Students interested in this concentration should select from topics courses such as ANTH 300 Anthropology of Diet and Nutrition; ANTH 315 Human Evolution; ANTH 352 Birth, Death and Sex: Exploring Demography and ANTH 360 Medical Anthropology. Relevant courses in biology, psychology, geology, health and statistics should be considered.

Cultural Anthropology
Cultural anthropology provides students with an in-depth experience in the interpretation and comparison of human cultures, and it is closely linked to the humanities and the social sciences. The goal of this concentration is to provide students with knowledge of culture and different culture systems, their organization into various systems of social organization and the methodological and theoretical basis for interpreting human cultural differences and similarities. Students are encouraged to become proficient in a foreign language and develop a regional area of specialization (e.g., North America, Latin America, Asia, etc.). Also recommended are upper level electives in history, sociology, economics, religion and political science.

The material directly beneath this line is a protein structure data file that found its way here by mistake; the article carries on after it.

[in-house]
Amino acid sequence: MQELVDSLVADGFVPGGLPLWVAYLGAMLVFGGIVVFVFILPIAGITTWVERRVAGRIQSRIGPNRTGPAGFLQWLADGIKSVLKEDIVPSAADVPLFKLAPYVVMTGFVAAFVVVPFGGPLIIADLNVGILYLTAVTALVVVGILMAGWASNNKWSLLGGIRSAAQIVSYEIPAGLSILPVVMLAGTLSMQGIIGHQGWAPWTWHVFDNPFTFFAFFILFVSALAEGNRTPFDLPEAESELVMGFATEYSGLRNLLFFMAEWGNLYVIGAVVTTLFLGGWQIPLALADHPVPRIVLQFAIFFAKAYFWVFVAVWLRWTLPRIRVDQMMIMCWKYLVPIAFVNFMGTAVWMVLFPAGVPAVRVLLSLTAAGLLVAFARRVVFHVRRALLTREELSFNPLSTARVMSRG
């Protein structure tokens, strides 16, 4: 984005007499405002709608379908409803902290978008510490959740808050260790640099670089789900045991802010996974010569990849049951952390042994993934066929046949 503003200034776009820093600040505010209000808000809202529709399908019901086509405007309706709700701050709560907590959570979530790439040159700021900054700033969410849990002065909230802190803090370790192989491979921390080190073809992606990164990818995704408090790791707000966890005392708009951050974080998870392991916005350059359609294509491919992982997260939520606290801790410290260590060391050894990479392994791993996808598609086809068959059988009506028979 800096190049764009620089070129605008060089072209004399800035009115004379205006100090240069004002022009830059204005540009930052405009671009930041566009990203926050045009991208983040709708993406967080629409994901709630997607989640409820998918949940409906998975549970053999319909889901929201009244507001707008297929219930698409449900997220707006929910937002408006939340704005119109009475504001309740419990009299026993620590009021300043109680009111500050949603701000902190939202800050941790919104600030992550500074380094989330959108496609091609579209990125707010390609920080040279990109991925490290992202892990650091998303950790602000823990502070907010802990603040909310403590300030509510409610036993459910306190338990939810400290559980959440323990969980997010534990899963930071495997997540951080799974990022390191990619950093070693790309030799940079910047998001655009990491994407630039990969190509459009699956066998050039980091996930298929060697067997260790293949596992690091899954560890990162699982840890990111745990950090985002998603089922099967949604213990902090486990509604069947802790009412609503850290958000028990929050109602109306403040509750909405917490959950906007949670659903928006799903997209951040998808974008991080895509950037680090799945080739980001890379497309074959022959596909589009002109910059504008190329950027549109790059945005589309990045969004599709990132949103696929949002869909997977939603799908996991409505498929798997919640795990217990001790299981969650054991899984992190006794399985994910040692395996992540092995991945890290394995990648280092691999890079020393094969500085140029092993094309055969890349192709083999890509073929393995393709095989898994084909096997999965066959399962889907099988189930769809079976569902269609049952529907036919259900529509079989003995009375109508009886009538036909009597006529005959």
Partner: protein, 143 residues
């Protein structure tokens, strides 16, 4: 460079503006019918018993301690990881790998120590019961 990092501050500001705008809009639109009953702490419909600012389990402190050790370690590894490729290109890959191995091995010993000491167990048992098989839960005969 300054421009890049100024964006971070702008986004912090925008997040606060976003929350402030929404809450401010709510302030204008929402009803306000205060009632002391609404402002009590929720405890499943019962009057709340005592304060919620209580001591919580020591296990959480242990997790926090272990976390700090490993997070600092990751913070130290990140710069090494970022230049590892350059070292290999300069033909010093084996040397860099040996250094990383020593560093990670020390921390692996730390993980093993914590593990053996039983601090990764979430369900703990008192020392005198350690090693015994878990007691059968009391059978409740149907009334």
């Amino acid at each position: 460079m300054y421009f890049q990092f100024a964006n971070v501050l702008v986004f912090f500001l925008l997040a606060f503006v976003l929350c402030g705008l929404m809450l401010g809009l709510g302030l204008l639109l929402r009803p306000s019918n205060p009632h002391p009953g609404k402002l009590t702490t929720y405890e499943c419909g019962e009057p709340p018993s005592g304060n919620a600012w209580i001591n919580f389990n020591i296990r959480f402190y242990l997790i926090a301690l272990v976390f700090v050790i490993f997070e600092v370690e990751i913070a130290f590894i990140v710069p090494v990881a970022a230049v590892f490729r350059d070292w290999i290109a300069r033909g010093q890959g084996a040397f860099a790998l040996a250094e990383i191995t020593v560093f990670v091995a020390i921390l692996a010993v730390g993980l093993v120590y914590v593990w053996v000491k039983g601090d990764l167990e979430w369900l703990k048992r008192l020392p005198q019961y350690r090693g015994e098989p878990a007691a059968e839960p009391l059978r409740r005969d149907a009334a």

Minor Requirements

Anthropology Minor
Students complete a minor in anthropology by completing 18 hours in anthropology including the core courses GANTH 195 Cultural Anthropology, ANTH 196 Biological Anthropology or GSCI 116E Human Ecology, and ANTH 197 Archaeology.

Historical Archaeology Minor
The minor is designed for students interested in the field of historical archaeology, a discipline that integrates the research interests and methods of archaeology and history. For a full description of this program, refer to "Historical Archaeology."

Credit by Examination
For information about credit by examination, consult the program coordinator.